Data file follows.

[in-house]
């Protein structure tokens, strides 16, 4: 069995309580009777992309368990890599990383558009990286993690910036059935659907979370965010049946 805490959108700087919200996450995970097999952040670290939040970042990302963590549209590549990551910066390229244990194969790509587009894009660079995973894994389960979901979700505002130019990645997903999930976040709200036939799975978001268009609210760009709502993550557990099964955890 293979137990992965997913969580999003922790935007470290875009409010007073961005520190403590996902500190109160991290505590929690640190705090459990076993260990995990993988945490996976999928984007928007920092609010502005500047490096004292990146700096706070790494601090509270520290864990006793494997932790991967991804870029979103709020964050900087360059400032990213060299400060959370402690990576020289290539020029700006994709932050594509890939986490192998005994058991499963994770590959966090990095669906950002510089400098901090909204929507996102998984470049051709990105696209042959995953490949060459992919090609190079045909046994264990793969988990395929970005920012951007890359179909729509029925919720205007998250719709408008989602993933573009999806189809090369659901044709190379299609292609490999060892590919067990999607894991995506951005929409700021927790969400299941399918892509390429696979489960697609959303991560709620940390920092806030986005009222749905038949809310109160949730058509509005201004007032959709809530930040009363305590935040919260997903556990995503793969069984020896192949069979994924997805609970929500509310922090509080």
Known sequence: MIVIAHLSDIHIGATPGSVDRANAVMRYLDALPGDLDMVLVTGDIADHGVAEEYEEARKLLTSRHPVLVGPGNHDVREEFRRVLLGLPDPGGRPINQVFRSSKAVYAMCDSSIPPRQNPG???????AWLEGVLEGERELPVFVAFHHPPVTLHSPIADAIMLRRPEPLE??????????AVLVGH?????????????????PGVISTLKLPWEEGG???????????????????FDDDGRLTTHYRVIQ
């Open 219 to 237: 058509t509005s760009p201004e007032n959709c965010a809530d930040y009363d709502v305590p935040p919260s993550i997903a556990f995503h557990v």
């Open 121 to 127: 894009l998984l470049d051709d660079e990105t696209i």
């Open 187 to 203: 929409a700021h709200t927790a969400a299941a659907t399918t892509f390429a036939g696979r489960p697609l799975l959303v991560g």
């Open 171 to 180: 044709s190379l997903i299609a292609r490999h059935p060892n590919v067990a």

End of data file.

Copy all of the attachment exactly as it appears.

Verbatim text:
[in-house]
């Protein structure tokens, strides 16, 4: 069995309580009777992309368990890599990383558009990286993690910036059935659907979370965010049946 805490959108700087919200996450995970097999952040670290939040970042990302963590549209590549990551910066390229244990194969790509587009894009660079995973894994389960979901979700505002130019990645997903999930976040709200036939799975978001268009609210760009709502993550557990099964955890 293979137990992965997913969580999003922790935007470290875009409010007073961005520190403590996902500190109160991290505590929690640190705090459990076993260990995990993988945490996976999928984007928007920092609010502005500047490096004292990146700096706070790494601090509270520290864990006793494997932790991967991804870029979103709020964050900087360059400032990213060299400060959370402690990576020289290539020029700006994709932050594509890939986490192998005994058991499963994770590959966090990095669906950002510089400098901090909204929507996102998984470049051709990105696209042959995953490949060459992919090609190079045909046994264990793969988990395929970005920012951007890359179909729509029925919720205007998250719709408008989602993933573009999806189809090369659901044709190379299609292609490999060892590919067990999607894991995506951005929409700021927790969400299941399918892509390429696979489960697609959303991560709620940390920092806030986005009222749905038949809310109160949730058509509005201004007032959709809530930040009363305590935040919260997903556990995503793969069984020896192949069979994924997805609970929500509310922090509080």
Known sequence: MIVIAHLSDIHIGATPGSVDRANAVMRYLDALPGDLDMVLVTGDIADHGVAEEYEEARKLLTSRHPVLVGPGNHDVREEFRRVLLGLPDPGGRPINQVFRSSKAVYAMCDSSIPPRQNPG???????AWLEGVLEGERELPVFVAFHHPPVTLHSPIADAIMLRRPEPLE??????????AVLVGH?????????????????PGVISTLKLPWEEGG???????????????????FDDDGRLTTHYRVIQ
């Open 219 to 237: 058509t509005s760009p201004e007032n959709c965010a809530d930040y009363d709502v305590p935040p919260s993550i997903a556990f995503h557990v």
């Open 121 to 127: 894009l998984l470049d051709d660079e990105t696209i």
């Open 187 to 203: 929409a700021h709200t927790a969400a299941a659907t399918t892509f390429a036939g696979r489960p697609l799975l959303v991560g």
């Open 171 to 180: 044709s190379l997903i299609a292609r490999h059935p060892n590919v067990a």